Israel began establishing civilian settlements in 1968.  Civilian settlements are supported by the government, and also by non-governmental settlement movements affiliated in most cases with political parties.  Most are reportedly built on public lands outside the boundaries of any municipality, but some are built on private or municipal lands expropriated for the purpose.

Legal Considerations

1. As noted above, the Israeli armed forces entered Gaza, the West Bank, Sinai and the Golan Heights in June 1967, in the course of an armed conflict.  Those areas had not previously been part of Israel's sovereign territory nor otherwise under its administration.  By reason of such entry of its armed forces, Israel established control and began to exercise authority over these territories; and under international law, Israel became a belligerent occupant of these territories.

Territory coming under the control of a belligerent occupant does not thereby become its sovereign territory.  International law confers upon the occupying State authority to undertake interim military administration over the territory and its inhabitants; that authority is not unlimited.  The governing rules are designed to permit pursuit of its military needs by the occupying power, to protect the security of the occupying forces, to provide for orderly government, to protect the rights and interests of the inhabitants, and to reserve questions of territorial change and sovereignty to a later stage when the war is ended.  See L. Oppenheim, 2 International Law 432-438 (7th ed., H. Lauterpacht ed., 1952); E. Feilchenfield, The International Economic Law of Belligerent Occupation 4-5, 11-12, 15-17, 87 (1942); M. McDougal & F. Feliciano, Law and Minimum World Public Order 734-46, 751-7 (1961); Regulations annexed to the 1907 Hague Convention on the Laws and Customs of War on Land, Articles 42-56, 1 Bevans 643; Department of the Army, The Law of Land Warfare, Chapter 6 (1956) (FM-27-10).

'In positive terms, and broadly stated, the Occupant's powers are (1) to continue orderly government, (2) to exercise control over and utilize the resources of the country so far as necessary for that purpose and to meet his own military needs.  He may thus, under the latter head, apply its resources to his own military objects, claim services from the inhabitants, use, requisition, seize or destroy their property, within the limits of what is required for the army of occupation and the needs of the local population.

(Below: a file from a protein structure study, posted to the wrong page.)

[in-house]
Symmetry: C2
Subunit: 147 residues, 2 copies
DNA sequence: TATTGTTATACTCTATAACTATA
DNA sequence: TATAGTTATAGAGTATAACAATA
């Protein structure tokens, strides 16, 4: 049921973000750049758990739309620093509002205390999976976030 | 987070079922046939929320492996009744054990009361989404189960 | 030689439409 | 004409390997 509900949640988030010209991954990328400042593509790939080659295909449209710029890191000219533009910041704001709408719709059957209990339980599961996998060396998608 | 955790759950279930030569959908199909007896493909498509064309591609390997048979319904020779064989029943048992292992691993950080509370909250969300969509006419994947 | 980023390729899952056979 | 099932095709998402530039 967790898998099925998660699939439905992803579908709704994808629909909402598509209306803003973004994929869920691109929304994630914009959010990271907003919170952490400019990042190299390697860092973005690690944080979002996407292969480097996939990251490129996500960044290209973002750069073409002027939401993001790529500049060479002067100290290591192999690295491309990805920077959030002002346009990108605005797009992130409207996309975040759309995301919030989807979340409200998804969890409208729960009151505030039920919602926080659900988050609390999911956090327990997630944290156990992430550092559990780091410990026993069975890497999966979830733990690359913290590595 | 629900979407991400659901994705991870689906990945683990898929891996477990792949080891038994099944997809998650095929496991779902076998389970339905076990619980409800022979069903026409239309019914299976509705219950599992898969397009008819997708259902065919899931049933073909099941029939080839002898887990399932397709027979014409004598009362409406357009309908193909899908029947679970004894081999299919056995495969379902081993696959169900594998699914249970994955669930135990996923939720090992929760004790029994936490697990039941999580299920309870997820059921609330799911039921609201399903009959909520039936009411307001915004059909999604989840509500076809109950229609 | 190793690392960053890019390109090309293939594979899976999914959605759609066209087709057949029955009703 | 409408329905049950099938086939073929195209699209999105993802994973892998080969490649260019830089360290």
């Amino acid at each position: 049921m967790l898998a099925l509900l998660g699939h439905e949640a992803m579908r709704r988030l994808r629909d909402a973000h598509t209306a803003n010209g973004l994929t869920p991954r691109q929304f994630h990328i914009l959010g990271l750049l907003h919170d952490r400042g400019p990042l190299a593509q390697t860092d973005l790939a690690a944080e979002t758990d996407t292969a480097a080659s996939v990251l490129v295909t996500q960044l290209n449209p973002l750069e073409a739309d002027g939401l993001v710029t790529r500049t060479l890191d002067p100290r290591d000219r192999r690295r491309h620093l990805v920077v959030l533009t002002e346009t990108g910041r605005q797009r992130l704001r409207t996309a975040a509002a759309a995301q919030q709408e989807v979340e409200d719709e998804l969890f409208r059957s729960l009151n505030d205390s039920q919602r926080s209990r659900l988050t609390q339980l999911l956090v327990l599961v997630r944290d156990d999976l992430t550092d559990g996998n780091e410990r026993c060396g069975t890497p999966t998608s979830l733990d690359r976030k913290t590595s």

But beyond the limits of quality, quantum and duration thus implied, the Occupant's acts will not have legal effect, although they may in fact be unchallengeable until the territory is liberated.  He is not entitled to treat the country as his own territory or its inhabitants as his own subjects…, and over a wide range of public property, he can confer rights only as against himself, and within his own limited period of de facto rule.  J. Stone, Legal Controls of International Conflict, 697 (1959).'

On the basis of the available information, the civilian settlements in the territories occupied by Israel do not appear to be consistent with these limits on Israel's authority as belligerent occupant in that they do not seem intended to be of limited duration or established to provide orderly government of the territories and, though some may serve incidental security purposes, they do not appear to be required to meet military needs during the occupation.

2. Article 49 of the Fourth Geneva Convention relative to the Protection of Civilian Persons in Time of War, 12 August 1949,       6 UST 3516, provides, in paragraph 6:

'The Occupying Power shall not deport or transfer parts of its own civilian population into the territory it occupies'.

Paragraph 6 appears to apply by its terms to any transfer by an occupying power of parts of its civilian population, whatever the objective and whether involuntary or voluntary.  Paragraph 1 of article 49 prohibits "forcible" transfers of protected persons out of the occupied territory; paragraph 6 is not so limited.  It seems clearly to reach such involvements of the occupying power as determining the location of the settlements, making land available and financing of settlements, as well as other kinds of assistance and participation in their creation.  And the paragraph appears applicable whether or not harm is done by a particular transfer.  The language and history of the provision lead to the conclusion that transfers of a belligerent occupant's civilian population into occupied territory are broadly proscribed as beyond the scope of interim military administration.

The view has been advanced that a transfer is prohibited under paragraph 6 only to the extent that it involves the displacement of the local population.  Although one respected authority, Lauterpacht, evidently took this view, it is otherwise unsupported in the literature, in the rules of international law or in the language and negotiating history of the Convention, and it seems clearly not correct.  Displacement of protected persons is dealt with separately in the Convention and paragraph 6 would seem redundant if limited to cases of displacement.  Another view of paragraph 6 is that it is directed against mass population transfers such as occurred in World War II for political, racial or colonization ends; but there is no apparent support or reason for limiting its application to such cases.

The Israeli civilian settlements thus appear to constitute a 'transfer of parts of its own civilian population into the territory it occupies' within the scope of paragraph 6.